lifestyle

"Cut the crap and get on with the business of being truly productive."

‘In Australia, we seem stuck in our unproductive ways.’

Returning to work after becoming a mother was a total game-changer for me. Something happened to my mind and it had nothing to do with ‘baby brain’. In fact, it was quite the opposite.

My thinking became sharper, focusing on the things that mattered. I pushed myself to do the best and most efficient job possible so I could leave work at a reasonable time to go home and be with my child.

Mamamia’s Jamila Rizvi discusses returning to work after having a baby:

I became intolerant towards anything that wasted my time. No longer could I stomach long lunches, political whisperings over coffee or lengthy aimless meetings. Instead, I focused on making a real impact so I could walk out the door at 5pm guilt-free.

Was I praised or recognised for my newfound addiction to productivity? Nope. In fact, I received quite the opposite.

I was taken off a project when I asked for meetings to be scheduled during regular office hours instead of in the evening. I was told to make ‘more effort’ to travel for meetings instead of conducting them via videoconference.

But the final nail in my career coffin came when I asked to work a four-day week so I could spend just a little more time with my son. For this, nearly half of my key responsibilities were handed to another team member.

Business conference with laptops. Businesswoman typing. Taken on event Oh-la-la'lypse Marseille, 2007. [url=http://www.istockphoto.com/file_search.php?action=file&lightboxID=4973850][/url] [url=http://www.istockphoto.com/file_search.php?action=file&lightboxID=4755063][/url]

The message was loud and clear: if you want us to take you seriously, you need to make yourself more available. And here lies the problem with the concept of ‘productivity’: not all of us see it the same way.

Productivity can be an archaic and subjective notion used by managers to control their team’s availability and physical presence. A skewed version of commitment that rewards people for the number of hours they are willing and able to sacrifice from their personal lives, rather than their actual output.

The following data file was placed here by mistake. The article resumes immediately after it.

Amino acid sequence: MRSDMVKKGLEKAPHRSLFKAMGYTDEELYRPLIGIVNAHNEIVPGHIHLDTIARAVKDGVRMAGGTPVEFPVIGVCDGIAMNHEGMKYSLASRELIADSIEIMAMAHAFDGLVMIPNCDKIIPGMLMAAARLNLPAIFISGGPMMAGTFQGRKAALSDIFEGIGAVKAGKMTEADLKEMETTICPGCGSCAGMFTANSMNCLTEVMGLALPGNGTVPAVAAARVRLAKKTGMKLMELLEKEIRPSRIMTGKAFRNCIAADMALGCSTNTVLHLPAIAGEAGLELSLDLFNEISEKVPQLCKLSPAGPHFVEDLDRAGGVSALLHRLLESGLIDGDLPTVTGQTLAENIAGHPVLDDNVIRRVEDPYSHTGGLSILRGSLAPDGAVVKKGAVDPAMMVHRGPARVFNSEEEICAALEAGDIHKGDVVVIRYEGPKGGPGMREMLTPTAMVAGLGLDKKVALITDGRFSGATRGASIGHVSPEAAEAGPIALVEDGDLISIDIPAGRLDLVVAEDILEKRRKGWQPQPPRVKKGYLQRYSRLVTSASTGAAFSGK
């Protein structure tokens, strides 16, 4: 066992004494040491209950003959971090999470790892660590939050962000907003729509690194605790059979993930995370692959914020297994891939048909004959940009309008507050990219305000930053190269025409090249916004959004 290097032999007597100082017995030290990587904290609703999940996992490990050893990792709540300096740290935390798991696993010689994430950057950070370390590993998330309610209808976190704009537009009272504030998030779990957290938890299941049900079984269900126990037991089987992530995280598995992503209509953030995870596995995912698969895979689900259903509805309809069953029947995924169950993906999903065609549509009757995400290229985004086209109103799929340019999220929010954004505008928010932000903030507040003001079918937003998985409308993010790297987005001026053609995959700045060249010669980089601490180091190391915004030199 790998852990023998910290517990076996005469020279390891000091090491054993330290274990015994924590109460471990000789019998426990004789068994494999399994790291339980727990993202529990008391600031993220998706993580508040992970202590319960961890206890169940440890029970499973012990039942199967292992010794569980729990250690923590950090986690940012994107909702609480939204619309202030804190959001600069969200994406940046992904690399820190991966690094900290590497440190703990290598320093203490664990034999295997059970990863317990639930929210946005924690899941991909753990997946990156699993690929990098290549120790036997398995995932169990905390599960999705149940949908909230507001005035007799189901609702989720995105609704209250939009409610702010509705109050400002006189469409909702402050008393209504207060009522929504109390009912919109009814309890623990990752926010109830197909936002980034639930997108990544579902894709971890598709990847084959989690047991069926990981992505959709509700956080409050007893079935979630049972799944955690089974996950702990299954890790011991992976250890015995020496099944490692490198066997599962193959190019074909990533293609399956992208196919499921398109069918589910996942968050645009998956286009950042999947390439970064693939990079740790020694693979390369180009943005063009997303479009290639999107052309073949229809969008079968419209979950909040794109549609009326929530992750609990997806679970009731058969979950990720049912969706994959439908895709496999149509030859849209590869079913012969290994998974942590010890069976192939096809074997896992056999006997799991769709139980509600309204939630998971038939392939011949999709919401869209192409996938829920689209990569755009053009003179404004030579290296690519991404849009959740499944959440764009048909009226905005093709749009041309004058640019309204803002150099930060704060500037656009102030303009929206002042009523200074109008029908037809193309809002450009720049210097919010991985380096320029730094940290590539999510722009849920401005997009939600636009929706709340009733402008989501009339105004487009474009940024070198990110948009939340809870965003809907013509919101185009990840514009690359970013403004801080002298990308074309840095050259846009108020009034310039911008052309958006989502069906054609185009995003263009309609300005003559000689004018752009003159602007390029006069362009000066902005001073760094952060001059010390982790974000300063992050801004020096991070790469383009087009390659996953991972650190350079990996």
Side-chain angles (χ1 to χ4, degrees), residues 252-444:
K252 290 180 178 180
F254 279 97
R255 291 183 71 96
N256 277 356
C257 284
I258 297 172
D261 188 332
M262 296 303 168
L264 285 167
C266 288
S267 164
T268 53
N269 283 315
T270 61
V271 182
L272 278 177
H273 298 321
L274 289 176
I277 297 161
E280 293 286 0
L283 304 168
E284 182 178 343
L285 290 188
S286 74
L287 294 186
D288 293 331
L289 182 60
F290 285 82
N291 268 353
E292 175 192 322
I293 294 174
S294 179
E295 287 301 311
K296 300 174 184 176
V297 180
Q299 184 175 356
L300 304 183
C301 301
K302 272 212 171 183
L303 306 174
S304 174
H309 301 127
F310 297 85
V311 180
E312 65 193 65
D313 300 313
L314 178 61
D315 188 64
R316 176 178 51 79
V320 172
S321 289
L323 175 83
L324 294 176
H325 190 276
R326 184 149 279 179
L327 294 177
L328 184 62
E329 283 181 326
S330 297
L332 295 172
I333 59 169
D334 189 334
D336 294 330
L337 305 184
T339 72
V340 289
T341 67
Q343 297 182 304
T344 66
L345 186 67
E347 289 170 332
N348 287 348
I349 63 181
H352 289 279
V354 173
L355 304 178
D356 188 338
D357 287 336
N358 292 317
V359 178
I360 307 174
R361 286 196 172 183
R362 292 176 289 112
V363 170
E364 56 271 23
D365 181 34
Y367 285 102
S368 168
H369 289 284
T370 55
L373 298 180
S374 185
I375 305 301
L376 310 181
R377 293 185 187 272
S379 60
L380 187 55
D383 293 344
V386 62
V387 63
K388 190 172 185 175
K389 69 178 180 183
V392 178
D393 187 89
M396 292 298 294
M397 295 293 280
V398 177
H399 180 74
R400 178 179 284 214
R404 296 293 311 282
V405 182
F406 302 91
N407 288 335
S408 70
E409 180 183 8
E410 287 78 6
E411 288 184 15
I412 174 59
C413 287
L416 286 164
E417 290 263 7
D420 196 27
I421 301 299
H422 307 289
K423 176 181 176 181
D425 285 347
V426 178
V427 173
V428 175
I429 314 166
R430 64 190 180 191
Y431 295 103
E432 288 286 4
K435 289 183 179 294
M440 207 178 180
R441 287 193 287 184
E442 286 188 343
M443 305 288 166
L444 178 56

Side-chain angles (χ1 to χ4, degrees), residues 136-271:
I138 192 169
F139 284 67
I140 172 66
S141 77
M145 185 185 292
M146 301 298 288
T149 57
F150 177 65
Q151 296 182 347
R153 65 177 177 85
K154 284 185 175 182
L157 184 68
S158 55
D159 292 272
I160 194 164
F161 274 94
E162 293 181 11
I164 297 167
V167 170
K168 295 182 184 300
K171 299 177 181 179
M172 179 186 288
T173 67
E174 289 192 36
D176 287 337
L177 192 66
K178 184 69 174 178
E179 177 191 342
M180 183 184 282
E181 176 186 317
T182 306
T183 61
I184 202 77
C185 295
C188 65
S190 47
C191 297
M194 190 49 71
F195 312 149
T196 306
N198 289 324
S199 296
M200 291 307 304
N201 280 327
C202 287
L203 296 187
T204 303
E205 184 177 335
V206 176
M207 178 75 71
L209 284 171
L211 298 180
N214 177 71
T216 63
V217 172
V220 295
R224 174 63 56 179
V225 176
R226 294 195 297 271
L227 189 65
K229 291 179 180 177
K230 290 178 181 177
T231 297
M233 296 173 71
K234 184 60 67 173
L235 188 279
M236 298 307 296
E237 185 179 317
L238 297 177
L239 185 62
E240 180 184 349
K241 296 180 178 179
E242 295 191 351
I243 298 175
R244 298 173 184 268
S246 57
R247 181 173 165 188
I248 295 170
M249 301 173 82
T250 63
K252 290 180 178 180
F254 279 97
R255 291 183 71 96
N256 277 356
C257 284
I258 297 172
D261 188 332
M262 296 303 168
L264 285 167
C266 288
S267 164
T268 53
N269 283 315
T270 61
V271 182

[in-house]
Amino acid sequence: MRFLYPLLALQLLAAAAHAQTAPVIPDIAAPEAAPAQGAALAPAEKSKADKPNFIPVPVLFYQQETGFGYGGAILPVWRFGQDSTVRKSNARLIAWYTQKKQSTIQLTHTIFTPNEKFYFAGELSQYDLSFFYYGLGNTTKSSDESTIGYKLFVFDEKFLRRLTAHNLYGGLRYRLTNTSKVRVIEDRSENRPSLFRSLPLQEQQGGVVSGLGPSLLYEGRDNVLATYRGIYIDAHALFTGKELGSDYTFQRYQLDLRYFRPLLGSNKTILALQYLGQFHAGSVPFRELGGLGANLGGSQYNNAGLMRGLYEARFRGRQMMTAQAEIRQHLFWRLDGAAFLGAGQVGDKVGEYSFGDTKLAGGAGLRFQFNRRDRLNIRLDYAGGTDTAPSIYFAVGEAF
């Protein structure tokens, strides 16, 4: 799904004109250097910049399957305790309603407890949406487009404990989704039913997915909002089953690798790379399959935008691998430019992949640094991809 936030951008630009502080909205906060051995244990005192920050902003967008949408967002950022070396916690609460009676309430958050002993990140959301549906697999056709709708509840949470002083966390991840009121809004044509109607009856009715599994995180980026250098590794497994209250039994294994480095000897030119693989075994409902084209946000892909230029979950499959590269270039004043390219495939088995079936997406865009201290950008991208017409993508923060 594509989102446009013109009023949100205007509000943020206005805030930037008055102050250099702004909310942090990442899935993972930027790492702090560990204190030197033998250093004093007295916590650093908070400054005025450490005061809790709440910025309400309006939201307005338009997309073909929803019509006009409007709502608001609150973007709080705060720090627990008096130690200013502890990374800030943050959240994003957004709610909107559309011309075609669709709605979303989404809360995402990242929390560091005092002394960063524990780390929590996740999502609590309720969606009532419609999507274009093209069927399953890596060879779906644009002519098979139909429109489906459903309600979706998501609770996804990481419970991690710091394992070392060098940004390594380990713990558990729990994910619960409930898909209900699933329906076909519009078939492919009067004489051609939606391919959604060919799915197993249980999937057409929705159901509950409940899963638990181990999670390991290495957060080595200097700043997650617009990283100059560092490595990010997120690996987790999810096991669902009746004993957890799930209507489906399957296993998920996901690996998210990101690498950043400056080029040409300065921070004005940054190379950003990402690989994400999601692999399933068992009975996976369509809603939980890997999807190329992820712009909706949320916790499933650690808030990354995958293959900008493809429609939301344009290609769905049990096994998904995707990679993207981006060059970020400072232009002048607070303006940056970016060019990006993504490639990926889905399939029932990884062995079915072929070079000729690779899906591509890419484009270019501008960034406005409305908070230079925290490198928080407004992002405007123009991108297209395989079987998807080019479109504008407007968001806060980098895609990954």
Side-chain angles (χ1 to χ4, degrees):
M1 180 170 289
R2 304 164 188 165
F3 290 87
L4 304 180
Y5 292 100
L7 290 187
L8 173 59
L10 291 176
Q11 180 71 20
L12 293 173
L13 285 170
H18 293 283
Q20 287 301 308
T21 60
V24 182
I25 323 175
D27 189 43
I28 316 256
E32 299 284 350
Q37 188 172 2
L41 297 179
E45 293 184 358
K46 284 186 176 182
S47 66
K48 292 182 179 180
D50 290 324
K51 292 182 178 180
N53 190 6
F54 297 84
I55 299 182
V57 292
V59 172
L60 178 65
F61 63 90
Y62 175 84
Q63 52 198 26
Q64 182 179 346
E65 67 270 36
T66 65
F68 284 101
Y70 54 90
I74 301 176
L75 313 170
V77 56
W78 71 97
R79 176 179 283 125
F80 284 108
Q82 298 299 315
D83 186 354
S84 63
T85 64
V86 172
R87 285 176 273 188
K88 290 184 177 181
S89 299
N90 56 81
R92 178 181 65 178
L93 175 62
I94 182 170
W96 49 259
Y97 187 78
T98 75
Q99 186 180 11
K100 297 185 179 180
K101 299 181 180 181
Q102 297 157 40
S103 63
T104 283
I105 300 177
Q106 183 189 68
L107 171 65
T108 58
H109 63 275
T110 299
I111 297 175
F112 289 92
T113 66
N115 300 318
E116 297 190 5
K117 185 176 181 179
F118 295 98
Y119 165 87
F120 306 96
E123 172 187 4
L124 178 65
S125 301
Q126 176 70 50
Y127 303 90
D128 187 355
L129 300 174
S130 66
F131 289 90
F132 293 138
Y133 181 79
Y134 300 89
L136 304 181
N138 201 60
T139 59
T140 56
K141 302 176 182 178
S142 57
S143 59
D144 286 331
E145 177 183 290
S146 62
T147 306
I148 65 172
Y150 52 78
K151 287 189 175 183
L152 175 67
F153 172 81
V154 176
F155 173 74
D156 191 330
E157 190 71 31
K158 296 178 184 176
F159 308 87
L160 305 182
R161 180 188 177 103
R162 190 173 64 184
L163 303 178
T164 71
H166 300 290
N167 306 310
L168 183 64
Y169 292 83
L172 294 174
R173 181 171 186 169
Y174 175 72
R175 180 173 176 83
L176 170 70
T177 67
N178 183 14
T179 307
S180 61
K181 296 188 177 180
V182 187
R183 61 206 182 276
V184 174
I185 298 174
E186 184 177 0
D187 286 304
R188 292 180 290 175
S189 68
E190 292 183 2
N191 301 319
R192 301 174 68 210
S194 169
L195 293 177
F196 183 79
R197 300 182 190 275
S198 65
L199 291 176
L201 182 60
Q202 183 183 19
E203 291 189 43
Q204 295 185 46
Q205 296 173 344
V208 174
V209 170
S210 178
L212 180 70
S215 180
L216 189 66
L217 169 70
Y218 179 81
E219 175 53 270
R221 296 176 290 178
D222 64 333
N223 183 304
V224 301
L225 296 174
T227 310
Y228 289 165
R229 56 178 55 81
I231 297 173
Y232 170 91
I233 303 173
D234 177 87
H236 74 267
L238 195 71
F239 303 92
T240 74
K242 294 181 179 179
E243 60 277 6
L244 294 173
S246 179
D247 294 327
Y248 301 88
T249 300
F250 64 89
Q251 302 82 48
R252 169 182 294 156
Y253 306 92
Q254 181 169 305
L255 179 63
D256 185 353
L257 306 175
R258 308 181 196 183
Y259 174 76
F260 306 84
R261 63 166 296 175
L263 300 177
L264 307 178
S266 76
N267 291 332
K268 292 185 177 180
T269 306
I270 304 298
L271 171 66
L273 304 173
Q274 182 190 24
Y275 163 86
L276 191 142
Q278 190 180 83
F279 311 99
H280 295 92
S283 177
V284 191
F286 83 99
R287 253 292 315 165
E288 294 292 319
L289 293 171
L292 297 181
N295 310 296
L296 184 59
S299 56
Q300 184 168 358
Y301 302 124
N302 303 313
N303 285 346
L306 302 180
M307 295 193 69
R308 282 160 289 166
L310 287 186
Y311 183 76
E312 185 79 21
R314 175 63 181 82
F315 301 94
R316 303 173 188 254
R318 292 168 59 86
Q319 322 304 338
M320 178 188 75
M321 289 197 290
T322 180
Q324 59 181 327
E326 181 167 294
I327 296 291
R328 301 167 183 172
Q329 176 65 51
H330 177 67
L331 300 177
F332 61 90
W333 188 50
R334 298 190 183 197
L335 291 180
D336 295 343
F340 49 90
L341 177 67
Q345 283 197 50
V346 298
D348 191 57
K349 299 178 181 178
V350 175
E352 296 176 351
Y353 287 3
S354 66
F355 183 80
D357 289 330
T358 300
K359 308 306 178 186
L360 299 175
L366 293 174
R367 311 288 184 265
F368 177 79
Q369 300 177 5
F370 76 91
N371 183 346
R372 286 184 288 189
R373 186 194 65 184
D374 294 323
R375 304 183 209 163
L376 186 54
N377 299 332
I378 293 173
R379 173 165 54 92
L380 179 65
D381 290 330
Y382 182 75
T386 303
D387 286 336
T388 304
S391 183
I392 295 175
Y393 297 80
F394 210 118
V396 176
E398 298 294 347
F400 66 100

I’ve seen this version of productivity lobbed like a grenade into online debates about workplace flexibility, especially for women who wish to re-enter the workforce after having children.

“When you leave early to pick up your kids, spare a thought for the rest of us who have to stay behind and pick up your slack,” is the common complaint I read.

But what exactly is that slack? There is a growing body of research that claims working longer days does not necessarily mean you deliver much more for your employers than your colleagues who work shorter days. Some research goes further, suggesting it is humanly impossible to be genuinely productive for eight hours straight.

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Companies in Sweden and America leading the charge to implement shorter working days claim they see no drop in workplace productivity when they reduced their standard working day from eight-hour days to six. Instead they report increased levels of loyalty and retention, as well as motivation, innovation and creativity.

Young creative woman sitting in the office and working on a computer.
In many organisations, workplace cultural expectations drive employees to work well beyond the boundaries of what should be expected.

In some cases, shorter working days have been attributed to phenomenal growth. American stand-up paddleboard company Shark Tank reduced its working day to five hours (staff salaries remained unchanged) while introducing more efficient ways of working at the same time. In 2014 they were named San Diego’s fastest growing private company, experiencing 1000% growth in only two years.

Meanwhile, back in Australia, we seem stuck in our unproductive ways. Under the Fair Work Act 2009 an employer must not request or require a full-time employee to work more than 38 hours a week. But in many organisations, workplace cultural expectations drive employees to work well beyond this boundary.

But not me. Several years ago I opted out of permanent full-time employment in favour of short-term consulting contracts and freelance work. I now structure my professional hours between 9am – 3pm, with the school pick-up deadline my greatest motivator.

I figure I’d much rather spend time with my children than stare at my navel during yet another long-winded and unnecessary meeting. So that means there is no time to waste, no navels to gaze; I need to get on with the job of proving my worth to my clients. Delivering them the most productively rich hours possible, in return for their flexibility.

In the past 10 years the number of female sole traders have increased by 25% as opposed to male sole traders who have increased only by 1%. Seems there are many other women like me who are keen to cut the crap and get on with the job of being truly productive.

To companies who were willing to let them go I say: your loss.

When Lisa Lintern had her first child she realised the corporate world was no longer the place for her. She now works as a successful freelance communications strategist and writer and hasn’t looked back. You can find her at www.lisalintern.com.au or follow her on twitter @lisa_lintern

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